Woodland Headdress

For more than a year we have been watching a pair of yearling, sibling deer frequent the area. We call the doe, “Split-ear”, since she has a deep split running down her right ear, and her brother we call, “Splilt-ear’s Brother” because, well, he’s her brother. FD and I have often wondered if “Mama” of the triplets that we see almost daily, might be the mother of Split-ear and her brother, as we often see the six of them together via game cameras at the feeders. In the spring, just before a doe gives birth to her new offspring, she will hoof off last year’s fawns to protect her new babies and better patrol the area for predators. After about a month, her offspring from the year before are welcomed back into the fold if they wish. Split-ear and her brother kept company together over the spring and summer months, just as our orphaned rehab fawns, Emma and Ronnie, did last year.

Looking at game camera footage last week, we noted that Split-ear’s brother’s antler velvet was beginning to dry and crack. “From the time the new antlers begin growing from the pedicles until they reach their full size, they are covered with a soft skin called “velvet.” Tiny blood vessels in the velvet bring food and minerals to the growing antlers. If you were able to touch this velvet, it would feel very warm because of all the blood flowing through it. This velvet covering also may help keep the deer cooler in the summer by bringing some of the animal’s body heat to the surface where it can escape. An antler in velvet is soft, tender, easily injured, and will bleed if cut. Bucks make every effort to protect their growing antlers; a serious injury could produce a deformed set. Once the three-month, rapid-growth period is over, the antlers begin to harden (mineralize) beneath the velvet.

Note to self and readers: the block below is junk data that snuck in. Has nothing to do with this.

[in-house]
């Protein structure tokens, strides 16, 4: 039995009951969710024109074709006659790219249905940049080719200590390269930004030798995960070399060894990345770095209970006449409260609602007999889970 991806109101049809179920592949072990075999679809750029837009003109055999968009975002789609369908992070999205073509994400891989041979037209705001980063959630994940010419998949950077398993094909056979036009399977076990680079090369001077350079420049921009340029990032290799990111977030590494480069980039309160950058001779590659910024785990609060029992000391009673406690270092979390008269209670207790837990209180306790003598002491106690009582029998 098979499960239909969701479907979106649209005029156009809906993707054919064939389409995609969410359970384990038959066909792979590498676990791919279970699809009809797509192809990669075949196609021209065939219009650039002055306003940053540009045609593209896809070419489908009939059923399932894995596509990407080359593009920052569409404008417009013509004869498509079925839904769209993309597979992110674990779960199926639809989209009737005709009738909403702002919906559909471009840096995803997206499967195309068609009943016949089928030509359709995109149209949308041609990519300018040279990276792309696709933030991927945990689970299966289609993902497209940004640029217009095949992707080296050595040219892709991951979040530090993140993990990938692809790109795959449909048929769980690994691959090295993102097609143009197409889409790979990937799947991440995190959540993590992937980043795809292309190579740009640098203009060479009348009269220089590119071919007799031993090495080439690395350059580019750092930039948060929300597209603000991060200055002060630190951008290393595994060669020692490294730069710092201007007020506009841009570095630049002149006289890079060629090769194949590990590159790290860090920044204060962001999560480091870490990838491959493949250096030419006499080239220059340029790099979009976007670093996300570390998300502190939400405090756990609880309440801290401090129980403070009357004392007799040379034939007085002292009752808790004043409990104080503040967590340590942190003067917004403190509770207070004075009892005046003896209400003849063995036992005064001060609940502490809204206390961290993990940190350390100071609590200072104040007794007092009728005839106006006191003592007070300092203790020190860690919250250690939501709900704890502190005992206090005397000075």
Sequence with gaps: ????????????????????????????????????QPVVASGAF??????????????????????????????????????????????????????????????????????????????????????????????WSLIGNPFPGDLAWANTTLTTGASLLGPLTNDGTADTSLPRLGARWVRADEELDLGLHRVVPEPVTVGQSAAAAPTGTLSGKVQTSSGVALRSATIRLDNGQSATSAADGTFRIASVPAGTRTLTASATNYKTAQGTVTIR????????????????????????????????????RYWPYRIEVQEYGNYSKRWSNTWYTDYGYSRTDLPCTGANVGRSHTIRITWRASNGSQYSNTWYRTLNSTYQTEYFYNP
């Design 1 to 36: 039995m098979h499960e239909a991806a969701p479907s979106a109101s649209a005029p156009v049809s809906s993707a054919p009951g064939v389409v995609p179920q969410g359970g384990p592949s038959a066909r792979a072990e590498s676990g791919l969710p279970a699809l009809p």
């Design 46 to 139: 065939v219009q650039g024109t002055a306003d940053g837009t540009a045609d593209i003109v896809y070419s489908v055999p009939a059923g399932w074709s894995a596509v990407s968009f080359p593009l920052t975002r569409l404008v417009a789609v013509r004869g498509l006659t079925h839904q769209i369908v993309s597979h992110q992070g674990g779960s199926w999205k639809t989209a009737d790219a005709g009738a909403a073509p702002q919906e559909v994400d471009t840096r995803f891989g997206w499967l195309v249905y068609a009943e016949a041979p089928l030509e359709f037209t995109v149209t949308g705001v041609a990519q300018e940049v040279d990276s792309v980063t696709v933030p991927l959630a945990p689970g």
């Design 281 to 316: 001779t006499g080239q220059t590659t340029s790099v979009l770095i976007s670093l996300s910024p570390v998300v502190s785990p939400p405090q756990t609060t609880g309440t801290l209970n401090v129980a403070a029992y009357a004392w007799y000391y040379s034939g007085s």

By September the fully developed antlers have hardened, and the buck’s body starts getting ready for the breeding season. His complex hormone balance changes, and the blood supply to the antlers is cut off. The unnourished velvet dies and begins peeling away from the hardened antlers. As the buck rubs his antlers on trees and brush, he eventually rubs off all the velvet, but until this is accomplished, it is not unusual to see bucks running around with shreds of dried velvet hanging from their antlers. Once more, majestic, polished antlers adorn the buck’s head when the breeding season starts. Then, if the buck is not harvested during the hunting season, he will again shed his antlers, just as he did the year before.” (White-Tailed Deer, TPWD)